There is no known cause of spina bifida, but doctors suspect it results from a combination of genetic and environmental risk factors. Among those risk factors:
- A family history of neural tube defects in either the mother or the baby’s siblings.
- A deficiency in folate, also known as vitamin B-9: Folate can be found in foods such as leafy greens, beans, citrus fruits and eggs. The synthetic form, called folic acid, can be found in supplements and fortified foods.
- Some medications: The anti-seizure medicine valproic acid (Depakene) is thought to increase the risk of spina bifida because it interferes with the body’s ability to use folate and folic acid.
- Diabetes: Uncontrolled blood sugar in the mother can increase the risk of spina bifida in an unborn baby.
- Obesity: If a woman is significantly overweight before becoming pregnant, she faces an increased risk of neural tube birth defects, including spina bifida.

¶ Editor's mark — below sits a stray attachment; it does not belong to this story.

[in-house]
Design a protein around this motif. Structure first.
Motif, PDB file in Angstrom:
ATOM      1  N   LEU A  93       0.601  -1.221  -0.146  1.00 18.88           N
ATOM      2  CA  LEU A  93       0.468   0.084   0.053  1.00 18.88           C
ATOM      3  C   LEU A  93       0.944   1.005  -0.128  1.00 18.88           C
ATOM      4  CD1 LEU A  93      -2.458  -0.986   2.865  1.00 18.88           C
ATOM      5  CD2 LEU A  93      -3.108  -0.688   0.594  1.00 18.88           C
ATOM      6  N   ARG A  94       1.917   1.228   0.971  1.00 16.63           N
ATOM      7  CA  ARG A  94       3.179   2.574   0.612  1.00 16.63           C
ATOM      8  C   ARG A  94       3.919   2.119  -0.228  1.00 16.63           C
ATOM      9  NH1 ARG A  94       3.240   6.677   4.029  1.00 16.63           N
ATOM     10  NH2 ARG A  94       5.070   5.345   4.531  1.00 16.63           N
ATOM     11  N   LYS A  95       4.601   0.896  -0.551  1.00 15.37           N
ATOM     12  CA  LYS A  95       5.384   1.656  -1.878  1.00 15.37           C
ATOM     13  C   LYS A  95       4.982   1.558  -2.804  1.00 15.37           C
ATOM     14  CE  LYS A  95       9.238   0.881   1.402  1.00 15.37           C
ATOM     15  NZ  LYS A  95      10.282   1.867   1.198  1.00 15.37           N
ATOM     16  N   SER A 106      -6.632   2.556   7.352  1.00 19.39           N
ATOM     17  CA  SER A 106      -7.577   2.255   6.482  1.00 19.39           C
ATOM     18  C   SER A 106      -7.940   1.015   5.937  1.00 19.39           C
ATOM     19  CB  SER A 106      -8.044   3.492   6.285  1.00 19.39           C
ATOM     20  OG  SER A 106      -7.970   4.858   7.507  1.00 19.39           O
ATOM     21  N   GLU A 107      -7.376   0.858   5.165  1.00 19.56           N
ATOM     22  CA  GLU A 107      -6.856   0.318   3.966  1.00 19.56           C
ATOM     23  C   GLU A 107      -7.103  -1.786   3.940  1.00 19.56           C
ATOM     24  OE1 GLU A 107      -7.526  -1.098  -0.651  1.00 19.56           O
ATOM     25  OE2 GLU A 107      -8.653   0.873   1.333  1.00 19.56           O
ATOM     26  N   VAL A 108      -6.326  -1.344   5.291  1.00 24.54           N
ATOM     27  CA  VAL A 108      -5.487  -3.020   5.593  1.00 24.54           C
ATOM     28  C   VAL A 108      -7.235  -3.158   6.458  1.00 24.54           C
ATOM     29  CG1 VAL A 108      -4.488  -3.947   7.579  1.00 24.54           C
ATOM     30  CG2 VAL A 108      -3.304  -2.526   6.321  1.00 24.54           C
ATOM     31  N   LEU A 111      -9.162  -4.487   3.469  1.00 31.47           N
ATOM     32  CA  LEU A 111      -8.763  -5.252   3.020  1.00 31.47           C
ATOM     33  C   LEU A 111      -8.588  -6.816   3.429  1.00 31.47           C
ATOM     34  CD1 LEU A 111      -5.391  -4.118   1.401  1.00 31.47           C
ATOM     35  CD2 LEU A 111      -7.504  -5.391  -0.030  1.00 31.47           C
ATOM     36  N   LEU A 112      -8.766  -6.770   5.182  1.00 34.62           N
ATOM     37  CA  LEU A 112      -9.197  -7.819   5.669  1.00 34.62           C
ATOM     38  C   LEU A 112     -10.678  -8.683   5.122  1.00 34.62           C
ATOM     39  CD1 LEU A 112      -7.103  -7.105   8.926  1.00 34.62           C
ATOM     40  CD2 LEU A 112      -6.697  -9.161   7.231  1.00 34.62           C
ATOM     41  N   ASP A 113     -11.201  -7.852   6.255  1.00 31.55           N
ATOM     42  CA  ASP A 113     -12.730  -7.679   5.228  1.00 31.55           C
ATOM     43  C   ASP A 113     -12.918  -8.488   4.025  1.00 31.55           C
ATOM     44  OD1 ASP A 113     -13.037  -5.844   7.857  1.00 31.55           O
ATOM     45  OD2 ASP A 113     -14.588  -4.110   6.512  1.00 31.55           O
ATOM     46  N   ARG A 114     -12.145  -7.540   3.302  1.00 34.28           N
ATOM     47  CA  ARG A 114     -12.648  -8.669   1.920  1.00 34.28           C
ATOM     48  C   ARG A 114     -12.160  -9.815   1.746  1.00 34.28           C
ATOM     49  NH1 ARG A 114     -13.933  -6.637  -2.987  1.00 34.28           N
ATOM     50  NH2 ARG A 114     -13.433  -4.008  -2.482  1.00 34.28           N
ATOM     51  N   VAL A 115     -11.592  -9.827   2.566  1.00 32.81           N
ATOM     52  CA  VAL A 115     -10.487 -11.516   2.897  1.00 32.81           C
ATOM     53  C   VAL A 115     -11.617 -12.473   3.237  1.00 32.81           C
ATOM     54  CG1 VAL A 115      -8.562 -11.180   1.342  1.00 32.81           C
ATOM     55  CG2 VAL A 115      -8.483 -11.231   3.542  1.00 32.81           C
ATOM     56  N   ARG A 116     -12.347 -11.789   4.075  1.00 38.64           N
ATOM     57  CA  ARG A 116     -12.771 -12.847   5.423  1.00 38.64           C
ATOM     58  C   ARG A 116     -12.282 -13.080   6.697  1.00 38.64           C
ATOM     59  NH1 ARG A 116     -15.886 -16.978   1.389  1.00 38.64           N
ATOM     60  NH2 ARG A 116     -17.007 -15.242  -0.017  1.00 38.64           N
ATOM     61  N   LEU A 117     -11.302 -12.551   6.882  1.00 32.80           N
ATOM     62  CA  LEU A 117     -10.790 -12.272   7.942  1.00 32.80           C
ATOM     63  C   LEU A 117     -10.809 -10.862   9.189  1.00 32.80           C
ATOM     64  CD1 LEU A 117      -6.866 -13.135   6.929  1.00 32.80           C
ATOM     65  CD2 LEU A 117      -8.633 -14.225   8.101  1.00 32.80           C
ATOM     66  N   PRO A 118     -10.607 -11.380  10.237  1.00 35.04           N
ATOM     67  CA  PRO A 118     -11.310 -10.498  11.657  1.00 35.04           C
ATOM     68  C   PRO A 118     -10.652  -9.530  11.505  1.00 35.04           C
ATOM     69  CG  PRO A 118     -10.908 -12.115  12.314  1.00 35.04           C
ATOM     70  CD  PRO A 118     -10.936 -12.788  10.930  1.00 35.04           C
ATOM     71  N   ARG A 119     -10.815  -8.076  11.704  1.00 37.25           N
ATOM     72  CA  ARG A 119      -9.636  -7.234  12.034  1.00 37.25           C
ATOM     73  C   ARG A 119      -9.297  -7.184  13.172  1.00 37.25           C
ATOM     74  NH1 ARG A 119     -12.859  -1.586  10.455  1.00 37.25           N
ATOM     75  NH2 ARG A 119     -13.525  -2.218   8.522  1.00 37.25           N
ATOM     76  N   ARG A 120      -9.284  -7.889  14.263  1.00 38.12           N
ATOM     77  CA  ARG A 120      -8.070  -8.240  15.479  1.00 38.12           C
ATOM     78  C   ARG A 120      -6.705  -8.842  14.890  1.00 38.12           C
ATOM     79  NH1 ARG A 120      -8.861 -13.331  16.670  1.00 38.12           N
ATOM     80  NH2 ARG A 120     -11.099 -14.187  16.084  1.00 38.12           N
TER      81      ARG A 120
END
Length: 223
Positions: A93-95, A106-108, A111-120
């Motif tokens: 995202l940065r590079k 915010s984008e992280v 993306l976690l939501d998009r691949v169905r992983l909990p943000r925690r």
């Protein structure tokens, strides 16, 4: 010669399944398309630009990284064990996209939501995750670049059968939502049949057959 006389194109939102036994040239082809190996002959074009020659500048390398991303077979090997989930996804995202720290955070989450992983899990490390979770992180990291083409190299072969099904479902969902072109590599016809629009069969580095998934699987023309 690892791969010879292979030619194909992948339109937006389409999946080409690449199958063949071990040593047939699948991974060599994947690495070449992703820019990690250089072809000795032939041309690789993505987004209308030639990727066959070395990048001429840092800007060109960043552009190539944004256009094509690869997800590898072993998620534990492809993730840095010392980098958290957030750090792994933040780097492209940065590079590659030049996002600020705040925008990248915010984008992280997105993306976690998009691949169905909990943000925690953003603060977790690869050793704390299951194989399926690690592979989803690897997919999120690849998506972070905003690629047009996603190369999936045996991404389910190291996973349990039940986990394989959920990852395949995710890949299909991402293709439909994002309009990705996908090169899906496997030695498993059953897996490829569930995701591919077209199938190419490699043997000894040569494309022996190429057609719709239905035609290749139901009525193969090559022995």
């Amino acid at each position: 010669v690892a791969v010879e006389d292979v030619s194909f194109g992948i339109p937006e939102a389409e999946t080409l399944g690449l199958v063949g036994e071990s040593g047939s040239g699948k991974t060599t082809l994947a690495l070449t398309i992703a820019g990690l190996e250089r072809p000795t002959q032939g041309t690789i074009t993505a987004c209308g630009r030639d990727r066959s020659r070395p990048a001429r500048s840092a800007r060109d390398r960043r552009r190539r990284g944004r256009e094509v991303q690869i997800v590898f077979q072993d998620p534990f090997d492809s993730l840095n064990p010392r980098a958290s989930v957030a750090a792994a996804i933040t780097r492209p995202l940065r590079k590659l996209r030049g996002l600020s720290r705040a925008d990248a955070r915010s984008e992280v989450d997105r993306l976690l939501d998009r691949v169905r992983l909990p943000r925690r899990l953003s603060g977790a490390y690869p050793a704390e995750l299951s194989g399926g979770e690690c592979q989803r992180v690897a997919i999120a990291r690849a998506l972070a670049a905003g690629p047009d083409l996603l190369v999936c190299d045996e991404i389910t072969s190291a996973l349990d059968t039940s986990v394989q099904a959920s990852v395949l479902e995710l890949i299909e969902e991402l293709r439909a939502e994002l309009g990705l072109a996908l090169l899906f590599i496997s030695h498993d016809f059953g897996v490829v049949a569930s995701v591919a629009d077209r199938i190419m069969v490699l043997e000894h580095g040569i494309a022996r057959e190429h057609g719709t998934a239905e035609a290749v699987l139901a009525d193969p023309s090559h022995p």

- Elevated body temperature: When a woman’s core body temperature increases from factors such as fever or the use of a hot tub or sauna during the first month of pregnancy, it may increase the risk of spina bifida.
Because spina bifida and other neural tube defects occur in the first few weeks of pregnancy, it is critical for expectant mothers to have enough folic acid in their systems at the time of conception. That’s why doctors recommend all women of childbearing age take a supplement of 400 micrograms of folic acid every day. It is difficult to meet the suggested daily amount of folic acid through food alone, but eating a diet rich in folate is important.